Karamba’s Autonomous Security software seamlessly protects connected and autonomous cars by hardening electronic control units (ECUs) based on their factory settings. This is the industry’s first prevention solution with zero false positives, because it blocks deviation from the ECU’s factory settings, i.e. malware.

Applying software engineering rules of thumb, Karamba estimates that the software for premium connected and autonomous vehicles’ ECUs contains up to 60,000 bugs – including 5,000 security defects. These bugs potentially allow malicious hackers to take over the ECU, which is connected to the internet and external networks, and manipulate critical components such as steering and brakes.

“The best way to maintain consumer safety and block hacking attempts is to ensure that only factory settings are allowed to run on the car’s attack surfaces, which are the externally-connected ECUs. With Karamba’s technology, every unauthorized change to factory settings is deterministically blocked, with zero false positives. Such an approach enables the automotive industry to address U.S. DOT and NHTSA’s and the SELF DRIVE Act’s guidelines, while maintaining consumer safety,” said Dotan.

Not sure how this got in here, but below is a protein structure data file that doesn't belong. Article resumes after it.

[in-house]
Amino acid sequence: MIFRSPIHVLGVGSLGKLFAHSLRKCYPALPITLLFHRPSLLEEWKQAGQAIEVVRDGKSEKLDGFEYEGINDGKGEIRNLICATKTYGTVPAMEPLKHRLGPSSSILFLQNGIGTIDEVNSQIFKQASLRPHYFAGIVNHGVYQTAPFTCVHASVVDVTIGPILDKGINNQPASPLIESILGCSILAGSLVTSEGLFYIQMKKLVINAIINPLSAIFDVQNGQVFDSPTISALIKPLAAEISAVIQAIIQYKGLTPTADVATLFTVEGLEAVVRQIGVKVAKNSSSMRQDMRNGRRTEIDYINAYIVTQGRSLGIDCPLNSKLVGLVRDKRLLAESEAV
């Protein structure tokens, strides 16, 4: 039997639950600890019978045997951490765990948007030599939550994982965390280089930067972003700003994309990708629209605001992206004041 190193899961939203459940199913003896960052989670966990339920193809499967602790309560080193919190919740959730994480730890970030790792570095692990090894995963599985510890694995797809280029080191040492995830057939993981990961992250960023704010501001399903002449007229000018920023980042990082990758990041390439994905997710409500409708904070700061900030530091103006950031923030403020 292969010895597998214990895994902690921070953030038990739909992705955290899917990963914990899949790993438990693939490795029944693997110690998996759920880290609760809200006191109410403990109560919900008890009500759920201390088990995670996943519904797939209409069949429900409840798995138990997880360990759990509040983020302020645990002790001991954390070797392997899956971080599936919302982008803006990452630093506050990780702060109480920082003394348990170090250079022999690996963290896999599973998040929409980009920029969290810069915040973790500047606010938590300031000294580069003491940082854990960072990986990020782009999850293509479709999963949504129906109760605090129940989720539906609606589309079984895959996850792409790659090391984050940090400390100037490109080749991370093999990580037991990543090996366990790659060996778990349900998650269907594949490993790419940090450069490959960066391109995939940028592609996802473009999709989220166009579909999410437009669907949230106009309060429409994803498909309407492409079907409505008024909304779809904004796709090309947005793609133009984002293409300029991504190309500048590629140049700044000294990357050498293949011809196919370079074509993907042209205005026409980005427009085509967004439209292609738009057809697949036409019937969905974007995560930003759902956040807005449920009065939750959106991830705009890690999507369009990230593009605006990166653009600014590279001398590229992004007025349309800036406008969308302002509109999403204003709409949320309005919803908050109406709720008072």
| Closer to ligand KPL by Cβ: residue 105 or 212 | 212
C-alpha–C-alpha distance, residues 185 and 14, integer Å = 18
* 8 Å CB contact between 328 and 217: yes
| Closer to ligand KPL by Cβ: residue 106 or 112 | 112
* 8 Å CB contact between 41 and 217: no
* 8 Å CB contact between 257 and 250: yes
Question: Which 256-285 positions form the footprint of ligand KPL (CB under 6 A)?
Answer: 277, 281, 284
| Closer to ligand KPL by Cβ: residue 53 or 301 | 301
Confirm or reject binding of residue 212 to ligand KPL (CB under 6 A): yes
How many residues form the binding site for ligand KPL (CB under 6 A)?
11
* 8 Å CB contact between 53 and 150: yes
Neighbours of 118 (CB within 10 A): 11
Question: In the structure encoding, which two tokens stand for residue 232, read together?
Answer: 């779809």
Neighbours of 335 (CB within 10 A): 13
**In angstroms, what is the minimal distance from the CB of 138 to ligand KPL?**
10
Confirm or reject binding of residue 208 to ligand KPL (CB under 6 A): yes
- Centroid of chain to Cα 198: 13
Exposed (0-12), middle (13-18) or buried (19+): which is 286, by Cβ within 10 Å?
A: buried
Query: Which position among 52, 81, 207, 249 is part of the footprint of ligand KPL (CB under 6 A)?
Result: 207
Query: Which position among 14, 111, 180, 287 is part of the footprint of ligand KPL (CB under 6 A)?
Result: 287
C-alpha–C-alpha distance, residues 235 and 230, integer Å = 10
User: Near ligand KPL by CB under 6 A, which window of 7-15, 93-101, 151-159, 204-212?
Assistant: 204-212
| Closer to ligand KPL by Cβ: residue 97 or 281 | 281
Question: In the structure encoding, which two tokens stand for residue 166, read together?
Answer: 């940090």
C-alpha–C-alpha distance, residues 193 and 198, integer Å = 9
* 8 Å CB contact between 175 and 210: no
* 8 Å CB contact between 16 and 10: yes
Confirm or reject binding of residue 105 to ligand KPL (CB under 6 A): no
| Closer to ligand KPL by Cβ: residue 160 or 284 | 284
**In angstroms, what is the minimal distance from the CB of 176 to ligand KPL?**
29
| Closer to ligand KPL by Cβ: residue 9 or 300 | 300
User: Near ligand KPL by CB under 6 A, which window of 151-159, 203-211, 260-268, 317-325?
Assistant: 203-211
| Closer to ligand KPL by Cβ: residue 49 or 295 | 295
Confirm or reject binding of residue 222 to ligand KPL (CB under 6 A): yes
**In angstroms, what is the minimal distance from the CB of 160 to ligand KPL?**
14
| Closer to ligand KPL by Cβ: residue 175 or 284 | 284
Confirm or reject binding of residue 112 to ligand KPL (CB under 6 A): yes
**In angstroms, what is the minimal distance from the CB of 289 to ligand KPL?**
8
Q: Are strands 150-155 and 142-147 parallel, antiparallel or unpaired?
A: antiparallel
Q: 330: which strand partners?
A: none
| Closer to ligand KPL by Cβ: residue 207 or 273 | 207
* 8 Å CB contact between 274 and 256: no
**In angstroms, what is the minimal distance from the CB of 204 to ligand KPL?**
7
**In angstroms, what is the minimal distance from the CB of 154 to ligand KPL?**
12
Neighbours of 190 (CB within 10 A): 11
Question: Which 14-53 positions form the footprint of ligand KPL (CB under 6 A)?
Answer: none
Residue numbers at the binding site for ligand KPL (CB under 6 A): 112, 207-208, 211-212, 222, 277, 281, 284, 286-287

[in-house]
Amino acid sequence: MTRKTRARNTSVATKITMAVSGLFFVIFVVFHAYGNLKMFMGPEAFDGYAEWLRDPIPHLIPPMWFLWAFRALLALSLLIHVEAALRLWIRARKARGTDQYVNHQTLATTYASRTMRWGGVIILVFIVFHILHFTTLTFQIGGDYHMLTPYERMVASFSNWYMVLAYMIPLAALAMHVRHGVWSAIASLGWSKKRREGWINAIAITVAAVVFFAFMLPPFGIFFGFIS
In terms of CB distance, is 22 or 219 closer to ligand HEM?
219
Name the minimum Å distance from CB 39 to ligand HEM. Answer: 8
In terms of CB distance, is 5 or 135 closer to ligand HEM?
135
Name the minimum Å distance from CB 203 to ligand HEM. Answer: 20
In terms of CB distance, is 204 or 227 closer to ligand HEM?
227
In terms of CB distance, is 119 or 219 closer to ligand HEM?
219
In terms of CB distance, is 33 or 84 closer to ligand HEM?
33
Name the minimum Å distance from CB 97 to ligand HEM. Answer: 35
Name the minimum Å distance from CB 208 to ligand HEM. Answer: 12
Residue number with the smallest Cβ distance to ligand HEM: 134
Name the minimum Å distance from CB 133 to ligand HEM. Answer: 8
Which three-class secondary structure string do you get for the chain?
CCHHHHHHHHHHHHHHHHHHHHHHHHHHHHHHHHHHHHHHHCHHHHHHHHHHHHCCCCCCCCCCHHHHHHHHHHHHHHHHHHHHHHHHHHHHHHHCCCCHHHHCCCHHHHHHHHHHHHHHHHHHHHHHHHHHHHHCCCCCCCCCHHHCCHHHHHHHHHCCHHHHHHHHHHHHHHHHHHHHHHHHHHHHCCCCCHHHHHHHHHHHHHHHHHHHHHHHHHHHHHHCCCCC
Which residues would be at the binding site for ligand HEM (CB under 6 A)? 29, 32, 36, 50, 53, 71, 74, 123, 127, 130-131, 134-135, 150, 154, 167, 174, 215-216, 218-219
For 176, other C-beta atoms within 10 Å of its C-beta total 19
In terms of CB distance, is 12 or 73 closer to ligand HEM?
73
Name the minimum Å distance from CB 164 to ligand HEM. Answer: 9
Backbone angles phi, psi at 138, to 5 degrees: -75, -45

The SELF DRIVE Act

The SELF DRIVE Act is first-of-its-kind legislation to ensure the safe and innovative development, testing and deployment of self-driving cars. While self-driving technology is currently being developed and tested across the country, from Silicon Valley to Detroit, federal motor vehicle safety standards need to be updated to reflect cars without traditional design features.